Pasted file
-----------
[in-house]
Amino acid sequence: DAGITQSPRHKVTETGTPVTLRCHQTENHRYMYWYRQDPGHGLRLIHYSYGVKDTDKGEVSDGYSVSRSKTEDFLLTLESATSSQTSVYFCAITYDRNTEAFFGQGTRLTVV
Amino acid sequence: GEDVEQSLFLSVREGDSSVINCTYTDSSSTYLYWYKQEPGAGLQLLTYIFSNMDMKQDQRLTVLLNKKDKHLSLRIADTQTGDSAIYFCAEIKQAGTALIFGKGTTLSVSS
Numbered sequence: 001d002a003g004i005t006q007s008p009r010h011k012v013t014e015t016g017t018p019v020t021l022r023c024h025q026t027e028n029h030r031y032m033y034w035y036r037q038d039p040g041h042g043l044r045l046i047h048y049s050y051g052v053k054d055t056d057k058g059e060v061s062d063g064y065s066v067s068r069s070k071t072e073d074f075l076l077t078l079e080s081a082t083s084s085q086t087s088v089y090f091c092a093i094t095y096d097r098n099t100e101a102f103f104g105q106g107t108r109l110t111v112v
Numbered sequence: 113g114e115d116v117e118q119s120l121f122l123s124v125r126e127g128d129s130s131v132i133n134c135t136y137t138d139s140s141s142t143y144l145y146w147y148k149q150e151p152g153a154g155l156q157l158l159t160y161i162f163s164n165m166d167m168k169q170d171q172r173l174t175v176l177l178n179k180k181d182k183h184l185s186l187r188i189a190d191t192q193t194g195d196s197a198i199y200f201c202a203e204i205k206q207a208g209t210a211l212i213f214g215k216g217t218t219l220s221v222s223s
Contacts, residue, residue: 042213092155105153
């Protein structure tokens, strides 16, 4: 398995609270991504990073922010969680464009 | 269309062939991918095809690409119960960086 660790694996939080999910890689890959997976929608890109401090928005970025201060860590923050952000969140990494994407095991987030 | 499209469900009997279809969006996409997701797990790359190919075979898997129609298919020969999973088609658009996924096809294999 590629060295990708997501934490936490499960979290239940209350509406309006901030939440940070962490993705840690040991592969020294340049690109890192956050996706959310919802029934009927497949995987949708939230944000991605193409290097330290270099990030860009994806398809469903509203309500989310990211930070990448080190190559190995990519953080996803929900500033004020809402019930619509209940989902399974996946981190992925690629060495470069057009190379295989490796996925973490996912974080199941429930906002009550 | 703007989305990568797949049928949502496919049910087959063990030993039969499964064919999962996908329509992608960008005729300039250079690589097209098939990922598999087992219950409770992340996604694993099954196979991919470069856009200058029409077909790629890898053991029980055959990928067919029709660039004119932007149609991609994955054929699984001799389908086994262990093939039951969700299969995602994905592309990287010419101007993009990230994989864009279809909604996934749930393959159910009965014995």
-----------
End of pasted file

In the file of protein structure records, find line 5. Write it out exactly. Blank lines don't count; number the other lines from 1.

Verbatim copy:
Numbered sequence: 113g114e115d116v117e118q119s120l121f122l123s124v125r126e127g128d129s130s131v132i133n134c135t136y137t138d139s140s141s142t143y144l145y146w147y148k149q150e151p152g153a154g155l156q157l158l159t160y161i162f163s164n165m166d167m168k169q170d171q172r173l174t175v176l177l178n179k180k181d182k183h184l185s186l187r188i189a190d191t192q193t194g195d196s197a198i199y200f201c202a203e204i205k206q207a208g209t210a211l212i213f214g215k216g217t218t219l220s221v222s223s